Few people are likely to argue that the '70s and '80s were a time of excess if you were a part of a band on tour. And though we are confident that excess still exists in various forms today, any hi-jinx that bands get up to these days probably pale in comparison to what Ted Cohen has seen courtesy of Van Halen.

Now retired, Cohen was a Warner Music Group staffer, sharing private jets with Fleetwood Mac, having Prince drop by his house and serving as first-hand witness to the break-up of the Sex Pistols.

In a recent interview with the LA Weekly, Cohen details his experiences of being a glorified babysitter to Van Halen when they were first starting out. Eager to test the meddle of Cohen, the young Van Halen group burst into his hotel room in Madison, Wi. on the first night of their world tour and promptly decided that the room's furniture looked better on the street below than it did in the hotel room.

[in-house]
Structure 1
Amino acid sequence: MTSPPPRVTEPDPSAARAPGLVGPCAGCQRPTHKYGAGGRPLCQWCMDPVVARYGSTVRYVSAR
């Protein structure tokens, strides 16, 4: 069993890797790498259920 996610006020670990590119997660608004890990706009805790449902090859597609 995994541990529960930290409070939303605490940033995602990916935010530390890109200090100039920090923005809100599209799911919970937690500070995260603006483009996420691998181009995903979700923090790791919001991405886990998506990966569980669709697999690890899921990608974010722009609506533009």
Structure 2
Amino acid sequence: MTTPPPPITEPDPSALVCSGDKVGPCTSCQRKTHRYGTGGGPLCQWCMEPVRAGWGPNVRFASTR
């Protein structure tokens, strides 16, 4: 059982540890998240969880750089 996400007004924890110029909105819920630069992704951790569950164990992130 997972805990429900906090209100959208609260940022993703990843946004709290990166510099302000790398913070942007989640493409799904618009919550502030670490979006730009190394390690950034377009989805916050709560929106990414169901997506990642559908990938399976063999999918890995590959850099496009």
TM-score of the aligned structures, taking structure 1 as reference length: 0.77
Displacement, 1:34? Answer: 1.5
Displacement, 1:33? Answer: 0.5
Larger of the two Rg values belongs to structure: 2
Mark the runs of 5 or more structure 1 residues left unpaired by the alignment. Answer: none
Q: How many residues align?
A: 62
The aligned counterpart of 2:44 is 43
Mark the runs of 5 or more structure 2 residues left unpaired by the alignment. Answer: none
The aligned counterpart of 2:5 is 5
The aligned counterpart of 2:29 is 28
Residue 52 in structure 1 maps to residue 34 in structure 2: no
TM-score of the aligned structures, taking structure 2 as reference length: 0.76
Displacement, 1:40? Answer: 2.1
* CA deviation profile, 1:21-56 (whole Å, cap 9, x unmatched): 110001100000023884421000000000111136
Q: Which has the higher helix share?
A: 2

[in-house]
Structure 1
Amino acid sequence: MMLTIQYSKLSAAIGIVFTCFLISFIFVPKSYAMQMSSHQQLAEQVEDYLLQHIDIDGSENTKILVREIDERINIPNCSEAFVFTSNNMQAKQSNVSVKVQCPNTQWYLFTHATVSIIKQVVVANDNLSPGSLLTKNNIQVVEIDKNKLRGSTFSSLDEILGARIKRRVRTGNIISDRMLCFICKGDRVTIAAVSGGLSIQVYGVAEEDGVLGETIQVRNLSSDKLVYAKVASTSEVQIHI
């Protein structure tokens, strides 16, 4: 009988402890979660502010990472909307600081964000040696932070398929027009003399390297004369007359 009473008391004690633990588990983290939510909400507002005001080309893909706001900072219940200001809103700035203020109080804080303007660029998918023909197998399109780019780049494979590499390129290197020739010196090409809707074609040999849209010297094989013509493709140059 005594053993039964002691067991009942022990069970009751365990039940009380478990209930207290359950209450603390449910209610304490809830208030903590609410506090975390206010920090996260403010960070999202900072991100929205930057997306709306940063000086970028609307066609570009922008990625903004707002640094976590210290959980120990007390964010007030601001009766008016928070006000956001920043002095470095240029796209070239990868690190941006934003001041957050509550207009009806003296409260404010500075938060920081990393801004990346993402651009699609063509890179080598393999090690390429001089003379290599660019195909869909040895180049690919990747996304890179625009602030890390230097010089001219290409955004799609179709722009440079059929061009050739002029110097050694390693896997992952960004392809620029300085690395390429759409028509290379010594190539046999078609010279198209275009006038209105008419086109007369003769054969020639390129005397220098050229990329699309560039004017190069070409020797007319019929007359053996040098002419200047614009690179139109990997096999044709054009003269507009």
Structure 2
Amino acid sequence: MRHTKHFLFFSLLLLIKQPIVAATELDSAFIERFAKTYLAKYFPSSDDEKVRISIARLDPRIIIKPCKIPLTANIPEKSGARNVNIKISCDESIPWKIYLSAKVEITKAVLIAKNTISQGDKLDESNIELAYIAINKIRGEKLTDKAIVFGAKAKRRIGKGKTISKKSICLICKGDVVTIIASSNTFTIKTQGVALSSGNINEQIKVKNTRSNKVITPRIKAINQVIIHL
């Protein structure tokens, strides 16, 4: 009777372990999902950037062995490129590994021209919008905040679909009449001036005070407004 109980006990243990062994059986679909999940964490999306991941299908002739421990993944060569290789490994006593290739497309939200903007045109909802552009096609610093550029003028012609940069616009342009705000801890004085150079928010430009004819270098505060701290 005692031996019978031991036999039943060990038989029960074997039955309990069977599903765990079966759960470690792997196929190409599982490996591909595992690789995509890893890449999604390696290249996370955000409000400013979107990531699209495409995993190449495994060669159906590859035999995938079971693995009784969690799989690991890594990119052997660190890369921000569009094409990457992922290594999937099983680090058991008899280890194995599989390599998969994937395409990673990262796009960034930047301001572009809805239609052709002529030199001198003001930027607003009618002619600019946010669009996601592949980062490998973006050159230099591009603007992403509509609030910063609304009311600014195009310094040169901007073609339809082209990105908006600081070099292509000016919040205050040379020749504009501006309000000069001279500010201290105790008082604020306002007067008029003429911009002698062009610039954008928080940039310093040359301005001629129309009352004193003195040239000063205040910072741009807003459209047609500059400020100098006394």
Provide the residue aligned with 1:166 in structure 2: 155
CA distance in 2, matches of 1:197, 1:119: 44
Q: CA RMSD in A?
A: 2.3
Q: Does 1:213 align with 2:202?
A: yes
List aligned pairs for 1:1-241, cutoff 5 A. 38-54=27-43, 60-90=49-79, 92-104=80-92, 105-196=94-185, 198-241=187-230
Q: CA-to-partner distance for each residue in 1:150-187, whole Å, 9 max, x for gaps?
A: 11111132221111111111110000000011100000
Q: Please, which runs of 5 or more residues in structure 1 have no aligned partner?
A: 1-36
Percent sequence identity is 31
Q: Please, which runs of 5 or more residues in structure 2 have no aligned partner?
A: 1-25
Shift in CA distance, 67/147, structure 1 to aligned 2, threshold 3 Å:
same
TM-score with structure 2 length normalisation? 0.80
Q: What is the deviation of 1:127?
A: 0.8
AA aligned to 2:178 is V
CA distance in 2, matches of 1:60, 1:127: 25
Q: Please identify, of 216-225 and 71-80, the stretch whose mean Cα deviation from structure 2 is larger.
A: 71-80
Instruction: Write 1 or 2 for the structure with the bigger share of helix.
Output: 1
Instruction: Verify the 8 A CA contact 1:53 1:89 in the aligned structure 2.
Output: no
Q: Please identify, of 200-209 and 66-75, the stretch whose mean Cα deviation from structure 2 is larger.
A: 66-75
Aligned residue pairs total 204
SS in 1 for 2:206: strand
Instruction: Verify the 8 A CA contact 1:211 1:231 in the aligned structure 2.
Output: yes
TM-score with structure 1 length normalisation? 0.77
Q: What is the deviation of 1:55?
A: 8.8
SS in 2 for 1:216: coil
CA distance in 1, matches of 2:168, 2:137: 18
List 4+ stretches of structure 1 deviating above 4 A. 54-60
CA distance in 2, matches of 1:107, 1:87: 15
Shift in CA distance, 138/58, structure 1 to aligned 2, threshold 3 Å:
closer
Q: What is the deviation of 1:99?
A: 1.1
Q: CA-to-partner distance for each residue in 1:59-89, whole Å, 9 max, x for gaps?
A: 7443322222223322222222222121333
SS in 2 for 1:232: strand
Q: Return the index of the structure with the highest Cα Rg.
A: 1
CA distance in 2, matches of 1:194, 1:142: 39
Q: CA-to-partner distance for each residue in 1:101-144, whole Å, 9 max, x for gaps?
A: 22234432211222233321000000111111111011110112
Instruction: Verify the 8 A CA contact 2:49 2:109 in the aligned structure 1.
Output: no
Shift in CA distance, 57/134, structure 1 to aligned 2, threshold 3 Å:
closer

Cohen would spend much time with Van Halen during their meteoric rise to fame. His interview is a revealing one, detailing, among other things, Eddie Van Halen's hesitancy about having Valerie Bertinelli as well as his perception that Bertinelli "believed Eddie Van Halen should receive the lion's share of the credit for the band's triumphs, whereas Roth was essentially expendable."

Cohen however shares a much different view of Roth's role within the band, stating "David was an integral part of the band's success. He was brilliant."

Cohen's interview with LA Weekly is in advance of Van Halen's Staples Center shows on June 1 and June 9.